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The Look Back Measurement Method – Ongoing Employees

September 26, 2016


This is part three of a three part series. Please use the links below to view the other parts of the series. Part OnePart TwoPart Three


Despite almost being two years into the Play or Pay provision of the Affordable Care Act (ACA) there is still confusion surrounding some aspects of the complex provision. The ACA provides an employer the option to offer 95 percent of its full-time employees minimum essential coverage or risk paying a section 4980H penalty. For section 4980H purposes, a full-time employee is an employee who averages at least 30 hours of service per week. An employer can treat 130 hours of service as the monthly equivalent of 30 hours per week. Additionally, an employer has the option to adopt the look back measurement method. The logical choice for almost every employer is to adopt the optional look back measurement method to track its employees’ hours of service.

If the look back measurement method is adopted, an employee can be classified as a full-time employee, a part-time employee, a variable hour employee, a seasonal employee, or an ongoing employee. The remainder of this publication reviews the rules of the look back measurement method as it relates to ongoing employees. This publication is the third part of a three part series. All of the points, such as documenting the look back measurement method, counting hours of service, and employee classification, discussed in first part and second part of the three part series are relevant for the third part.

An ongoing employee is an employee who has been employed for at least one standard measurement period. Once an employee meets the ongoing employee definition, the other classifications (full-time, part-time, variable hour, and seasonal) are irrelevant. An ongoing employees status is solely determined by the standard measurement period unless there is an initial measurement period (see below). The standard measurement period is similar to the initial measurement period discussed in part twoof this three part series. However, the standard measurement period is typically the same for all ongoing employees as opposed to the initial measurement period which is unique to each individual employee, if applicable, depending on the employee’s start date. The standard measurement period, like the initial measurement period, is made up of three periods of time.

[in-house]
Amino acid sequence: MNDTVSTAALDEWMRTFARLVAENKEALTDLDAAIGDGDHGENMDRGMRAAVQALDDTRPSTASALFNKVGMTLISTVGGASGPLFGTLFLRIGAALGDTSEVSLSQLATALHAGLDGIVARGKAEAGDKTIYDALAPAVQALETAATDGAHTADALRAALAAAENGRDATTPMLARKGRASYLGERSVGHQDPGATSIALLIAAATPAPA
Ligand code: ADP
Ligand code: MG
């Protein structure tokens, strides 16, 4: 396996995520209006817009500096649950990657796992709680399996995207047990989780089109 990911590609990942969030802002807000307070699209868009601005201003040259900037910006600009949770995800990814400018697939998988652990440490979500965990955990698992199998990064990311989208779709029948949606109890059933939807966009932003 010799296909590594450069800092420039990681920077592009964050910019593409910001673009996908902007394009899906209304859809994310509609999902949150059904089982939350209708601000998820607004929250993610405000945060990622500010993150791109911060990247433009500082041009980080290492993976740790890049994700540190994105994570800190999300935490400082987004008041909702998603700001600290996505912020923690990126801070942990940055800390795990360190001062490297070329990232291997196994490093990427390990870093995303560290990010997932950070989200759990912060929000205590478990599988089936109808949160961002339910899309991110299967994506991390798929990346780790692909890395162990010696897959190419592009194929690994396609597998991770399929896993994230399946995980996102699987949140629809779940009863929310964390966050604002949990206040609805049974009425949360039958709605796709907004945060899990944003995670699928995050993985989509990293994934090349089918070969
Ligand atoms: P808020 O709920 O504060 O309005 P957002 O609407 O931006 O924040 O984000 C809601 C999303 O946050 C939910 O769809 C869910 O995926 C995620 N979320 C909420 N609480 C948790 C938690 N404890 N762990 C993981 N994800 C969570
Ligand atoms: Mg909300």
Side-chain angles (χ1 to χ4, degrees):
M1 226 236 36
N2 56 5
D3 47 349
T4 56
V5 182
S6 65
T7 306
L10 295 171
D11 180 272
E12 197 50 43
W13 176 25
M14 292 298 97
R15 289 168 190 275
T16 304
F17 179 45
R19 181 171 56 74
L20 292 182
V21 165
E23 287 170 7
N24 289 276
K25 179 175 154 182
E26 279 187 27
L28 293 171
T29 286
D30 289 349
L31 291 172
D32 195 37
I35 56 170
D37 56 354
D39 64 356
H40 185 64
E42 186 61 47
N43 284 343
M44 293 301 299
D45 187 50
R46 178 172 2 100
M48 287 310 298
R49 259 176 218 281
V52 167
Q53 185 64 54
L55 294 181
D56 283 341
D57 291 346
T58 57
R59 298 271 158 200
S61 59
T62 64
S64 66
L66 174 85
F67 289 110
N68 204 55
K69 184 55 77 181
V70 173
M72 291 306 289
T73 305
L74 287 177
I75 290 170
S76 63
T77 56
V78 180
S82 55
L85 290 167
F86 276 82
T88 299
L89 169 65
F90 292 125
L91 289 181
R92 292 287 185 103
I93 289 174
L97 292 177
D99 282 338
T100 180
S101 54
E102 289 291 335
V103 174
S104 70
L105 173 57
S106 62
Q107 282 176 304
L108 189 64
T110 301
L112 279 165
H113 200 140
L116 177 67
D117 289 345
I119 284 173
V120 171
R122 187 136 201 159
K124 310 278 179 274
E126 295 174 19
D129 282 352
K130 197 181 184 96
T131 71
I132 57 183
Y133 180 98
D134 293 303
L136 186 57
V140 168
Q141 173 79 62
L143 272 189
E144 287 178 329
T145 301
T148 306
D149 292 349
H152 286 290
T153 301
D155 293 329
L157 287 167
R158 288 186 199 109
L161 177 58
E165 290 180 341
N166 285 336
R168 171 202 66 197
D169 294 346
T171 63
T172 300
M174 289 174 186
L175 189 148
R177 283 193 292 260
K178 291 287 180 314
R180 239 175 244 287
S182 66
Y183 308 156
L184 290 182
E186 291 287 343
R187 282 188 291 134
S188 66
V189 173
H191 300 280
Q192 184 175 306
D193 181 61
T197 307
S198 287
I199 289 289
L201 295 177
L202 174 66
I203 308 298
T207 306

The standard measurement period is a time period chosen by the employer of at least three, but not more than 12 consecutive months. The employer will look back at each ongoing employee’s total hours of service during the standard measurement period to determine whether the employee averaged at least 30 hours of service per week to be classified as full-time. It makes sense to tie the standard measurement period to the start of an employer’s plan year so employees that accumulate an average of 30 hours per week during the standard measurement period can easily be offered coverage during the open enrollment period.

The stability period is a period that follows the standard measurement period and any administrative period. Assuming the standard measurement period is 12 months (almost always the logical choice), the stability period will be 12 consecutive calendar months. It is important to recognize that the stability period must begin on the first day of a calendar month. In general, if an employer determines an employee accumulated an average of 30 or more hours of service per week during the standard measurement period, the employer must offer the employee coverage for the entire corresponding stability period regardless of the employee’s hours of service so long as the employee remains employed. If the employer determines an employee did not accumulate an average of 30 hours of service per week during the standard measurement period, the employer does not have to offer the employee coverage for the entire corresponding stability period regardless of the employee’s hours of service during the stability period.

The final period an employer can utilize for the standard measurement period is the administrative period. The administrative period may last up to 90 days, but may neither reduce nor lengthen the standard measurement period or the corresponding stability period. To prevent gaps in coverage the administrative period will overlap with the prior year’s stability period during which time an employee’s classification (full-time or not full-time) will remain unchanged from the prior stability period classification.

Consider the following examples that discuss the concepts discussed in this publication.

Example 1 – ABC Inc. is an applicable large employer. ABC Inc. has adopted the look back measurement method and offers health coverage to all employees who accumulate an average of 30 hours of service per week. The plan offered by ABC Inc. meets the minimum essential coverage threshold and provides minimum value at an affordable price. ABC Inc. has elected to use a standard measurement period for ongoing employees that begins on November 10 of year one and ends on November 9 of year two. ABC Inc. uses a 52 day administrative period that begins on November 10 of year two and ends on December 31 of year two. The corresponding stability period runs from January 1 of year three until December 31 of year three.